The Marion VAMC (Illinois) recently opened an, RTTP, another CBOC, and has plans for yet another CBOC. Before these new facilities were added the Behavioral Medicine staff was not sufficient to serve Veterans’ needs. Adding facilities only spread the clinicians out thinner and made the situation worse. A staff member in a Behavioral Health leadership position has made concerted efforts to rid Behavioral Medicine of existing Veteran patients. According to him, “PTSD is curable” and those who have had the advantage of therapy “should be cured and, if not, either their therapist did not do a proper job or the Veteran is sicker than thought and might should be institutionalized”. Kicking Veterans out the door is not a solution to VA’s staffing ills. I’ll believe VA’s increase in mental health staff if and when it happens and if and when Veterans begin receiving the therapy they need.

  3. Paul P. Valtos    

    You need to increase trhe psychologist slots, not the psychiatrist slots.
    All the Psychiatrists do is prescribe pills and do little talk therapy.
    talk therapy is what is needed and the pills take care of themselves.

  4. Joe Curmi    

    SW and live in Las Vegas, Nevada
    evada and I would like to work in the North Clinic.

  5. Gary B    

    I teach social work in an accredited undergraduate university program. In my current class of 21 juniors, three are OEF/OIF veterans and three are married to OEF/OIF veterans or active duty personnel. Two of the veterans specifically want to work with and serve fellow veterans as professional social workers. One of the spouses would like to work with veteran families. In the next year, each of these fine and responsible individuals will have to complete a 450 hour, supervised internship. Somewhere. But not likely in the VA. You see, the Veterans ADMINISTRATION generally refuses to even consider allowing BSW level students to train in the VA system. Regardless of their experience!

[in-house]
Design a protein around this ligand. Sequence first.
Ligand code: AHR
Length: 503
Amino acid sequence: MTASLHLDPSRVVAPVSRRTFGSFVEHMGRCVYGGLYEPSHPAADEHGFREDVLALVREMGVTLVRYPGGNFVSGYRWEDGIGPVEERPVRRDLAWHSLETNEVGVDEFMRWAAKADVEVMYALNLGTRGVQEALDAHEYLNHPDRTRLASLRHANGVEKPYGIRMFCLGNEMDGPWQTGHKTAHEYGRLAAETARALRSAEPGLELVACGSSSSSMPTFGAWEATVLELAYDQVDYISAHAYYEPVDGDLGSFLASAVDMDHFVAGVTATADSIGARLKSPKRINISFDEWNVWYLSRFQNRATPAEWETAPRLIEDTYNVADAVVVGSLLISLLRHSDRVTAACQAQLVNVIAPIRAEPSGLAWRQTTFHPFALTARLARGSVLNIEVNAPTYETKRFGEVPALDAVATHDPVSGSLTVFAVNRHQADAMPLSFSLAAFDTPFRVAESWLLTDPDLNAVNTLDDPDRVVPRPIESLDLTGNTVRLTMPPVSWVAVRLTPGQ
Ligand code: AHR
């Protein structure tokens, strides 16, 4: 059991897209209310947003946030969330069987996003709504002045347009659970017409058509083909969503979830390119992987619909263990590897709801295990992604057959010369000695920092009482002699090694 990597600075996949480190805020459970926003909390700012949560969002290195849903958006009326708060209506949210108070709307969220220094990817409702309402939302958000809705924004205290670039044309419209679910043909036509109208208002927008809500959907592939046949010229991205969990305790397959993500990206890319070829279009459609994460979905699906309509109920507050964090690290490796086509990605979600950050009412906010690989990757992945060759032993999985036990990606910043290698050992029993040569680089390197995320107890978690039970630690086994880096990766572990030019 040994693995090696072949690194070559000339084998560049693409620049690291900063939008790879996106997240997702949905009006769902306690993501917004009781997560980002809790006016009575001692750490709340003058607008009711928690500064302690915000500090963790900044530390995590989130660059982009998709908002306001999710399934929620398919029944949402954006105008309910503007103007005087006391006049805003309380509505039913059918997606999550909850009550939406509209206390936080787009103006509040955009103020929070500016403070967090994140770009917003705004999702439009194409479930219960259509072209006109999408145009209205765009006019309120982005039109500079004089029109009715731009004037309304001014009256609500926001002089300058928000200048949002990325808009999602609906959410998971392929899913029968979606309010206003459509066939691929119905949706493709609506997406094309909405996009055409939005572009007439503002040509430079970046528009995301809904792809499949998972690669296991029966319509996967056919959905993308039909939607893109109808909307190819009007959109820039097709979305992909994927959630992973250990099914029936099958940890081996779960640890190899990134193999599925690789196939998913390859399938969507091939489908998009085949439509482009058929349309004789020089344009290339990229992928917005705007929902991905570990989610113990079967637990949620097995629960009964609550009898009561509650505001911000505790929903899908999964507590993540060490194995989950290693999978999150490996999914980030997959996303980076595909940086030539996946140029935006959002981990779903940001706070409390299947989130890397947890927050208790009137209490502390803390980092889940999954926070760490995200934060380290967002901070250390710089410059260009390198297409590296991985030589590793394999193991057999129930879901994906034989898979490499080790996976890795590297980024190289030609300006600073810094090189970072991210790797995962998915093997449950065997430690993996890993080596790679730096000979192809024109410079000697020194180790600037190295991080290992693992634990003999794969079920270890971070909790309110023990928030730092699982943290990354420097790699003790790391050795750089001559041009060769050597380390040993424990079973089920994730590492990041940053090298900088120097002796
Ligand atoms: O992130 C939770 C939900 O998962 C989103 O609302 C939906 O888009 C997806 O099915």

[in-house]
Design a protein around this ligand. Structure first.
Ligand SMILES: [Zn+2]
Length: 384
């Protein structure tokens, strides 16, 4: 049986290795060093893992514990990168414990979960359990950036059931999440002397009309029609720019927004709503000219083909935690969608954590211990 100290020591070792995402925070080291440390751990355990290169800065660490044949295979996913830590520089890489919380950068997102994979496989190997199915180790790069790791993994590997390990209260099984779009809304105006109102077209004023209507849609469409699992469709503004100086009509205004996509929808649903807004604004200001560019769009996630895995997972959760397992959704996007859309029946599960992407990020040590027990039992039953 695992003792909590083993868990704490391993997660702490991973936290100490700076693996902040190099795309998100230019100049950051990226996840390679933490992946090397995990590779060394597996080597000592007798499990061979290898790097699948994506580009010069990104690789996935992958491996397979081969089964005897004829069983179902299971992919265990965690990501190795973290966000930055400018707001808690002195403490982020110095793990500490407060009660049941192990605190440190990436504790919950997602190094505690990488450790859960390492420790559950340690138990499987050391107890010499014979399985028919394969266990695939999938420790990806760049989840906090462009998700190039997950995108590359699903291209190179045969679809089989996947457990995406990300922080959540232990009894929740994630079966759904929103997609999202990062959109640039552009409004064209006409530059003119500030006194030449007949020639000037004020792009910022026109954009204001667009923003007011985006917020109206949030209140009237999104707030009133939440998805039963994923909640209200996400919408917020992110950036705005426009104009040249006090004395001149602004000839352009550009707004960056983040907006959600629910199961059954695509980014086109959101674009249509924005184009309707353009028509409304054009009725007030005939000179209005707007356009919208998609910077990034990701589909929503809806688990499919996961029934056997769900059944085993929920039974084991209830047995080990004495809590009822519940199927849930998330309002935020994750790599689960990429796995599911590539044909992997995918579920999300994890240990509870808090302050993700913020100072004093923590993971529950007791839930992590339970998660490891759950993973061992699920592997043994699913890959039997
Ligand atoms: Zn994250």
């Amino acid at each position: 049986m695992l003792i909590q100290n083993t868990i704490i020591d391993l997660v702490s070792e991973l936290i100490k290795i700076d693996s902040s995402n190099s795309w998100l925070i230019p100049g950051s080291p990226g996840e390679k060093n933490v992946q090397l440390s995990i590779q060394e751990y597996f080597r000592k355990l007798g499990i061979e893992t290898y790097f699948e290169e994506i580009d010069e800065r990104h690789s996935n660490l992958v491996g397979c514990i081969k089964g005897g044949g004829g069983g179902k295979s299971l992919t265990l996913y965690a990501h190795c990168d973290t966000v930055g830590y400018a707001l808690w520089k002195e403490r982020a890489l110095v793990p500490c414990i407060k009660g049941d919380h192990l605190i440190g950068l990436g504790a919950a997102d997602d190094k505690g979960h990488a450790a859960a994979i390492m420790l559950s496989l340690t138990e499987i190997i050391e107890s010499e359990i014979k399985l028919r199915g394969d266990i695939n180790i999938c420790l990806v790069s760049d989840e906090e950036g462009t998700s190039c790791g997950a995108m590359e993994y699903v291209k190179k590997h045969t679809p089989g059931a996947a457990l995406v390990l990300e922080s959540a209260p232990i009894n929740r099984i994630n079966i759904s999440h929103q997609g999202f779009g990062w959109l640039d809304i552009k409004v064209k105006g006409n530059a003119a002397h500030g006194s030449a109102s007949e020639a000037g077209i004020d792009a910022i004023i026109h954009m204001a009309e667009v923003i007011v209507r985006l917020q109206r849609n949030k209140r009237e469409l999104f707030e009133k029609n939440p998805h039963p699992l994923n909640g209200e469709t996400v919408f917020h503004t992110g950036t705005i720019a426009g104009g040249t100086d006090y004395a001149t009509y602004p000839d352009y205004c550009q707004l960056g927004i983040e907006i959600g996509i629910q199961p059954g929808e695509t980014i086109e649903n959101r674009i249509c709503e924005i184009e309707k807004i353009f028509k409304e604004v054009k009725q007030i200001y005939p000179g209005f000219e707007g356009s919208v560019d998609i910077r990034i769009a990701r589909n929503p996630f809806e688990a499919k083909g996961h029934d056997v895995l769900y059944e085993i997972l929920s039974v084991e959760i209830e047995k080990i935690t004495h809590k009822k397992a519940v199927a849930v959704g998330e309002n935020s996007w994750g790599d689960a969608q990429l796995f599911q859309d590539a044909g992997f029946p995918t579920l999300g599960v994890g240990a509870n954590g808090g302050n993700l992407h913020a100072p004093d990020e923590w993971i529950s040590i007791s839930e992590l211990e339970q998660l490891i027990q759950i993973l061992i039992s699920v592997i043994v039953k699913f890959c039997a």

I am repeatedly advised “we only take masters level clinical social work students.” As if there are no veterans or families who might benefit from advocates who know the system, service managers who might help navigate the complicated system, or well trained professional peer helpers who have actually “been there and done that.”

    Not every veteran with difficulties needs a clinician / therapist. It actually occurs to me that access to strong and competent generalist practitioners who understand the “person in the environment” issues related to the military experience, how the VA ( and larger civilian) system works, is aware of family strengths as well as challenges, and has a basic but clear understanding of mental health issues, just might actually be an effective and valuable part of the team.

    Whats the cost benefit of preventive care compared to restoritive therapy?

    It’s an interesting paradox that the VA will pay for a college education, and it will say it wants to help veterans find employment, and that it wants to increase mental health services to veterans in their system, yet it refuses to consider individuals for professional internships that might contribute to solutions in all those areas. Go figure. ( My own father,a Navy Corpsman who served in the Pacific and who died in a VA hospital 20 years after the war, would have referred to this as SNAFU.)

    I’d love to hear what anyone else might offer here in the way of guidance for me to better serve these wonderful young men and women.

    1. KO26    


      I have managed clinicians in multiple programs across the Service Branches who provide counseling services on installations and in communities to Service Members and thier families for over ten years now. I would like to offer that putting a Bachelors prepared student in front of a returning Veteran in this capacity would be a mistake. The reason that a license is required is so that the professional…. not para professional can evaluate the individual. To “under serve” these men and women is as much of a disservice as to not serve them at all….. I know you mean well, but I do not believe this is a population that we can take such risk. I have also managed para professional programs and I understand where these individuals can make invaluable contributions. Just not in clinical settings providing any Case Management or Mental Health Intervention in mental health environments. Send them to the individual Services Family Centers where there are family programs, training opportunities or research and program development opportunities for working with Families and Service Members. Good luck